HBCUs have a rich heritage of educating generations of political, business and scientific leaders from Africa and Asia and developing partnerships with institutions overseas. For decades, many historically Black colleges also played a critical role in overseas development work.
But these days many HBCUs lag behind predominantly White institutions in international engagement. They are less likely to attract foreign students or send their own students abroad. Many are hobbled by weak finances and insufficient personnel. Some do not even have international student offices.
But given the consensus that producing college graduates who are competitive and possess the requisite skills to succeed in a global marketplace is critical, there is growing concern that HBCUs, which award 22 percent of bachelor’s degrees to Black students, are being left behind.
Thus many HBCUs are scrambling to build relationships abroad in an effort to recruit more international students, strengthen foreign student and faculty exchange programs, and explore partnership opportunities abroad.
For most, it’s no easy task. Marybeth Gasman, a professor of higher education at the University of Pennsylvania, says 58 percent of HBCUs offer study abroad programs.
She says many students do not appear to avail themselves of study abroad opportunities, and money may often be a barrier, particularly for students from low-income households. Gasman says the combination of limited financial resources of both the students and many of the colleges impedes efforts to sell the program to students.
Dr. Richard Igwike, interim dean of the College of Business at Dillard University located in New Orleans, which nearly tripled its international student enrollment in the last two years, says the cost of these programs gives many of his students pause.
Igwike says nine Dillard students participated in study abroad programs last year. Of those students, six went to Ghana. He says that, in addition to paying their regular semester tuition and fees, these students have to cough up an additional $3,000 to cover the expense of traveling to the West African nation and staying there for a few weeks. Igwike notes the university is exploring the option of building this cost into students’ financial aid loan applications.
But financial challenges are not just limited to students.
Recently, the American Council on Education conducted a study examining factors that “enhance and impede the internationalization process at HBCUs.” The study, which was funded by a grant from the U.S. Department of Education, looked at seven HBCUs — Howard, Dillard, Tuskegee, Lincoln University (Missouri), North Carolina A&T, Savannah State and Virginia State.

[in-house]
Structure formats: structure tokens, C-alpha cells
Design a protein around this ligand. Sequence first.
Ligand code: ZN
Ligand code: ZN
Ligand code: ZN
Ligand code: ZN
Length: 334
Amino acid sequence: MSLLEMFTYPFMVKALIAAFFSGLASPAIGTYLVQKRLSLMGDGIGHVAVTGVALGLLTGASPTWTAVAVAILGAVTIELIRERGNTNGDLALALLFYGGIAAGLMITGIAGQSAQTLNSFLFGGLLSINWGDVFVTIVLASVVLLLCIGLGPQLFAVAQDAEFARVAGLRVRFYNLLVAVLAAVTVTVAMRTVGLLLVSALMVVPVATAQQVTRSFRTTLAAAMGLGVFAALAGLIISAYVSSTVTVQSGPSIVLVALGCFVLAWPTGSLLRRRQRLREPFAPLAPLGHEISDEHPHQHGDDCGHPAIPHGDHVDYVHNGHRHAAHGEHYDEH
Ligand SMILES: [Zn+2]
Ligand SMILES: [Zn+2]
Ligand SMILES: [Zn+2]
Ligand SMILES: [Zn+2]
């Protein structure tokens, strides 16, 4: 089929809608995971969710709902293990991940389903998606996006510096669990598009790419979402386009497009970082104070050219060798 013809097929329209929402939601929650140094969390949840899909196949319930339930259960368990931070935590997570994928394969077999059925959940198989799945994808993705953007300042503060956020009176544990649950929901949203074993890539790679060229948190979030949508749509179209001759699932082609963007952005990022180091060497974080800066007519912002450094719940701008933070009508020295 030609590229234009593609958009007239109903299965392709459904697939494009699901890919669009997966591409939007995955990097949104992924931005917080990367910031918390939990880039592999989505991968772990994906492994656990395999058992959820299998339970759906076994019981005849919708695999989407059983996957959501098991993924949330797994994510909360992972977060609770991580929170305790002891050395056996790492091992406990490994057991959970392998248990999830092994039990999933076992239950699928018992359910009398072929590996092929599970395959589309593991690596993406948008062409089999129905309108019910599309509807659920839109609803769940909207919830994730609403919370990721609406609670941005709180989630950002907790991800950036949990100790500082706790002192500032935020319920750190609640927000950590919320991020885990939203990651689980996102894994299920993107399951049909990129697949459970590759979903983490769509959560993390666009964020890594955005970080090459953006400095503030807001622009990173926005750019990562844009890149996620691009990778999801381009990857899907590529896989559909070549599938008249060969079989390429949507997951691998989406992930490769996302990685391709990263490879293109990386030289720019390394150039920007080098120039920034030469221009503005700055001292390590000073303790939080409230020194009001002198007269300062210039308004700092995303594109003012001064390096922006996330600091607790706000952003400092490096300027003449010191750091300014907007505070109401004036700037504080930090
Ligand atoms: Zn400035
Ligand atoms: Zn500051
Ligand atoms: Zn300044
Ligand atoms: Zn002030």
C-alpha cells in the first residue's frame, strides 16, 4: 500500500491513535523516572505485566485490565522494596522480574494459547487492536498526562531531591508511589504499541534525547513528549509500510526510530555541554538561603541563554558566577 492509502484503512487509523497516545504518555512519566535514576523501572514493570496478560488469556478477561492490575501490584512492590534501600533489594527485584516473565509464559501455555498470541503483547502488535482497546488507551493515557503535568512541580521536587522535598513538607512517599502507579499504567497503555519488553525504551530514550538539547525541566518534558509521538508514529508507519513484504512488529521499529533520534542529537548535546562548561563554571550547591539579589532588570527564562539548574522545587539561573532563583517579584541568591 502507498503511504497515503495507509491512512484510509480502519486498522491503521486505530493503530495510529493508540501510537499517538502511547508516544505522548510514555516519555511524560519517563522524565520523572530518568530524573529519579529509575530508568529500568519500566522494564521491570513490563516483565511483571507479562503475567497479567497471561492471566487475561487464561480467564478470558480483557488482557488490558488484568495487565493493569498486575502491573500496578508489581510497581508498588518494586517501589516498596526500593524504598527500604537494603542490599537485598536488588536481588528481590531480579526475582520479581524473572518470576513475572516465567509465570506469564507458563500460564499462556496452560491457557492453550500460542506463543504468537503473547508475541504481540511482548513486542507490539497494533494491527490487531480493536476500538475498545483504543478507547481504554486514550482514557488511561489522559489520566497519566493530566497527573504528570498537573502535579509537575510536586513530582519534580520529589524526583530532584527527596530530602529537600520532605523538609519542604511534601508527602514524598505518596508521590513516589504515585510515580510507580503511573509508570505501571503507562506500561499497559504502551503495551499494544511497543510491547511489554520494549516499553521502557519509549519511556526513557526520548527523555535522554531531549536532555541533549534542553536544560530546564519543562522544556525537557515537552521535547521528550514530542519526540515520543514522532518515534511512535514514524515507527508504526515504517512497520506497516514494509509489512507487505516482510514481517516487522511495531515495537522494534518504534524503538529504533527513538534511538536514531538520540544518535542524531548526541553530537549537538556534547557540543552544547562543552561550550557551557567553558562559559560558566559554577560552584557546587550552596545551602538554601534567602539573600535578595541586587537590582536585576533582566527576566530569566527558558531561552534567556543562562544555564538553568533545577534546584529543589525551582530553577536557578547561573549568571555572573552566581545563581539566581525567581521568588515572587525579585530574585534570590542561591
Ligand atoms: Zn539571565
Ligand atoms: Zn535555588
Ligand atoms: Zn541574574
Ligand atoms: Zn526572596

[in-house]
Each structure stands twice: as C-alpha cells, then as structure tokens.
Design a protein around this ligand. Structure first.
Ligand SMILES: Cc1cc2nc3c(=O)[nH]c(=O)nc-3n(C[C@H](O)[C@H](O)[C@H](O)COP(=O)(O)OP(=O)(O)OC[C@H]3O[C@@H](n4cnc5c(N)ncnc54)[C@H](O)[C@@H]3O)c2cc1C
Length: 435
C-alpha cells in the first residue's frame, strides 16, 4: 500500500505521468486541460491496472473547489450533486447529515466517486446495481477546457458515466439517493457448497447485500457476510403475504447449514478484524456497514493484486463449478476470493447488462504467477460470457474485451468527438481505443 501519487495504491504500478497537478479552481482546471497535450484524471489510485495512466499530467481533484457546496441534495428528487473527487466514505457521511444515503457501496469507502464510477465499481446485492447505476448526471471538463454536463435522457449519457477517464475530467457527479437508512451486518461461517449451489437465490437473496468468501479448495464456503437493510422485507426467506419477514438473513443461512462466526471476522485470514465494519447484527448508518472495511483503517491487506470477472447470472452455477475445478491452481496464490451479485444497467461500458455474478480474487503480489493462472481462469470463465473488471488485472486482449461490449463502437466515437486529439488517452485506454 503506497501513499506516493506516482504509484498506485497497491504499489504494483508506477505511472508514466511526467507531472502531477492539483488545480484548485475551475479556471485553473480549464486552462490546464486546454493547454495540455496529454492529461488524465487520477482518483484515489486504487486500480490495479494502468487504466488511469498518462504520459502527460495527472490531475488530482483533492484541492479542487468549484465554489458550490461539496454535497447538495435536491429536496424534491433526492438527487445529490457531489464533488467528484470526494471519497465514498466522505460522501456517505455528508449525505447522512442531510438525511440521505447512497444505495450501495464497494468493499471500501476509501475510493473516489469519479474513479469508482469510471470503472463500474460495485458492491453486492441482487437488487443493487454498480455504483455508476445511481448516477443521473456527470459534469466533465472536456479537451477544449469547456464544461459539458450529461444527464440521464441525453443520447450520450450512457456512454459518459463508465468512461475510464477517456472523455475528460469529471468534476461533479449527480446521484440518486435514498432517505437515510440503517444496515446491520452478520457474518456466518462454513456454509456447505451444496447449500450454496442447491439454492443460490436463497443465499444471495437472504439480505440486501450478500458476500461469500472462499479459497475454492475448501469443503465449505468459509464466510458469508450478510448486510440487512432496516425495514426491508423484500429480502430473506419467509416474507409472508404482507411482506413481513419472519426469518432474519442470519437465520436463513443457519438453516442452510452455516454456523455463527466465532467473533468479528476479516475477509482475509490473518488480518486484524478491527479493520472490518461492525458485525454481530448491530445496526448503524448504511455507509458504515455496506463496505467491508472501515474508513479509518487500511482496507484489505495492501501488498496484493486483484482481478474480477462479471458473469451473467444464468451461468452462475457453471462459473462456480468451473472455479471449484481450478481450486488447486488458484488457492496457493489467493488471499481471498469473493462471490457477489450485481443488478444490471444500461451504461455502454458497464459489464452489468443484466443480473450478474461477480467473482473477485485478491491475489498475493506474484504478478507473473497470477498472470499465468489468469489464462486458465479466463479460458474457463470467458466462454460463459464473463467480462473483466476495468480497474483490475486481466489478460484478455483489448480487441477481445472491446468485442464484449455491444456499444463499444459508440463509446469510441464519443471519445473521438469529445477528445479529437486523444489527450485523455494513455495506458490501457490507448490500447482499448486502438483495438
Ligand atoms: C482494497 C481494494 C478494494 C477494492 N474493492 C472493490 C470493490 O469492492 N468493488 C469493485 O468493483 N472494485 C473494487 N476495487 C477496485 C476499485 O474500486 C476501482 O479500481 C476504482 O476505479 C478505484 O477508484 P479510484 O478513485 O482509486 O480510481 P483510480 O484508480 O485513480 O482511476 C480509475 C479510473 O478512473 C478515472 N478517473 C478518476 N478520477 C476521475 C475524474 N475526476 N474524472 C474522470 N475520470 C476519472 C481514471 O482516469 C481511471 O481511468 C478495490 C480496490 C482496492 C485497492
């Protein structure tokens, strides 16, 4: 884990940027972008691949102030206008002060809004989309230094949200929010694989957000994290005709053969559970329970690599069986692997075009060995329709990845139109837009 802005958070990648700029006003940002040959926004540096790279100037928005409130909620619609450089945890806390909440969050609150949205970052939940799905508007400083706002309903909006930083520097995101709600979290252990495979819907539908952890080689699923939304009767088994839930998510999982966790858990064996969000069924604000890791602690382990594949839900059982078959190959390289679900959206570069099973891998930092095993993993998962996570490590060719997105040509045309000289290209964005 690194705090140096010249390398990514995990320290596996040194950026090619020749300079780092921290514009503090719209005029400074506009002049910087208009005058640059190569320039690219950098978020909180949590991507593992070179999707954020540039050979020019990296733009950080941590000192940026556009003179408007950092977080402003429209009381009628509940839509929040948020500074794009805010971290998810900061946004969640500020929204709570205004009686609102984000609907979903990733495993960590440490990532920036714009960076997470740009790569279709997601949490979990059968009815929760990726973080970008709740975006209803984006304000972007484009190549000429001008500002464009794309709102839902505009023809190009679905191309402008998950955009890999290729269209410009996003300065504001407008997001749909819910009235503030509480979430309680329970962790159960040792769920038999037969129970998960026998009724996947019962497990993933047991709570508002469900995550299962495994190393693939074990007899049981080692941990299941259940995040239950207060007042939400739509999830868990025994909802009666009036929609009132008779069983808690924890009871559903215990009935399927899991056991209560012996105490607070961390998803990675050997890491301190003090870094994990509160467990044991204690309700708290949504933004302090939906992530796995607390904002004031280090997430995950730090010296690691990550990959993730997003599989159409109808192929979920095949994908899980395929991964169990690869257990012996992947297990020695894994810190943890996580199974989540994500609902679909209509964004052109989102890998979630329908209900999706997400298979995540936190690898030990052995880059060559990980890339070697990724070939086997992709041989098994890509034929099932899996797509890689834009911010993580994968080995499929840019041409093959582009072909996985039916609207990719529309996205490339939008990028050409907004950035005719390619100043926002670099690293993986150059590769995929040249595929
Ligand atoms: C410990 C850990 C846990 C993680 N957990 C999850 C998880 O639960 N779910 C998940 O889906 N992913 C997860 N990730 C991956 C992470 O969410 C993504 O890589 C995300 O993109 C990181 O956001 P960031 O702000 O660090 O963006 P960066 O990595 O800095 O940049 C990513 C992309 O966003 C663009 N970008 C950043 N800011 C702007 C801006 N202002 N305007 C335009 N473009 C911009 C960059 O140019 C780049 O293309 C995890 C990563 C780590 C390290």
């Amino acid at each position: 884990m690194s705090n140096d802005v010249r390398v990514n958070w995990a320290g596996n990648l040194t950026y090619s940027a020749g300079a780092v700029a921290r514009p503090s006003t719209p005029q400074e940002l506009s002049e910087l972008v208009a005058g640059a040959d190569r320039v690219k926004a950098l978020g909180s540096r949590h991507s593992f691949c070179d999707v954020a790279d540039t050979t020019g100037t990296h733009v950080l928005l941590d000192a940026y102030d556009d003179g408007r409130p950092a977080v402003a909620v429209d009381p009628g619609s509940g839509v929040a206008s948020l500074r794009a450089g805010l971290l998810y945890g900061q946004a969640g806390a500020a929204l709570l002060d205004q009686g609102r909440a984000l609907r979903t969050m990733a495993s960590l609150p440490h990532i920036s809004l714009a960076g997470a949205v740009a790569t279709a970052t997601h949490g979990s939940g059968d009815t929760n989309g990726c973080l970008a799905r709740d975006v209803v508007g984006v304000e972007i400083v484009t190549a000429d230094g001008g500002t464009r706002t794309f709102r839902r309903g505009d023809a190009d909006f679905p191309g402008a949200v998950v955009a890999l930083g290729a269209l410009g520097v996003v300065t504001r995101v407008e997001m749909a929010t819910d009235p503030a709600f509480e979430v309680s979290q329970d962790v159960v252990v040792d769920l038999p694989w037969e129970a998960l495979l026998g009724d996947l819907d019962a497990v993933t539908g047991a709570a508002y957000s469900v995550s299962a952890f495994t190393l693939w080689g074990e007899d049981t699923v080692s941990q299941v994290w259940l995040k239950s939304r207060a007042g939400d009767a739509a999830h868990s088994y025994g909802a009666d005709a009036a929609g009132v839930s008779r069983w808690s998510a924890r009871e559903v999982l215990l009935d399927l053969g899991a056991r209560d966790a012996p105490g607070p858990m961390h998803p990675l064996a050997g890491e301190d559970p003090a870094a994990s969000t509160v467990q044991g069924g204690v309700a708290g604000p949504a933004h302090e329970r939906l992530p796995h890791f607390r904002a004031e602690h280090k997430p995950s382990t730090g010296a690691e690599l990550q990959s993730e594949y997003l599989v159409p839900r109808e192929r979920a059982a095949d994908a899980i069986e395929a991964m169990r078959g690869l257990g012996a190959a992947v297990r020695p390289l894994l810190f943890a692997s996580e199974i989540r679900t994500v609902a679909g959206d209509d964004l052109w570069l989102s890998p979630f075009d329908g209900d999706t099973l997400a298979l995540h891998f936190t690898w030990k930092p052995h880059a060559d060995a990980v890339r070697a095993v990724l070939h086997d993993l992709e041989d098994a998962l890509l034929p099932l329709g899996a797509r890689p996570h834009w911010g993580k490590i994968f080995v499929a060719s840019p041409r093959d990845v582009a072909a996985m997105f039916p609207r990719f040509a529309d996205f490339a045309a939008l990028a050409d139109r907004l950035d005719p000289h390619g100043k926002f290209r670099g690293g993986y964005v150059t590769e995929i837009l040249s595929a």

“The most important finding was that all of these schools are lacking the resources to do a complete internationalization, including recruiting and developing partnerships,” says Bradley Farnsworth, assistant vice president of ACE’s Center for Internationalization and Global Engagement. “We saw roadblocks in terms of human and financial resources.”
Gailda Davis, associate director of ACE’s Inclusive Excellence Group, says during the study the schools were challenged to find ways to creatively maximize their meager resources, such as using faculty and students who have participated in study abroad programs to help sell its importance to the entire campus.
Both Davis and Farnsworth point out that challenges to internationalization are not purely an HBCU issue. They say that many middle-tier colleges that do not have access to large research or endowment dollars also struggle in this area.
Still, Davis says there’s a strong interest in international engagement by HBCU leaders, including presidents and provosts. Adds Farnsworth, “Part of this is students are coming to campuses with higher expectations of getting a global education. As the American society and economy become more international, students are having higher expectations. If HBCUs are going to be successful, they have to make some of these changes.”
Dr. Beverly Wade Hogan, president of Tougaloo College, agrees that heightened international engagement is important to the viability and competitiveness of her college, a private school in Mississippi with an enrollment of less than 1,000.
“It’s been a slower process than we would want,” she says, adding that only 1 or 2 percent of her students are international.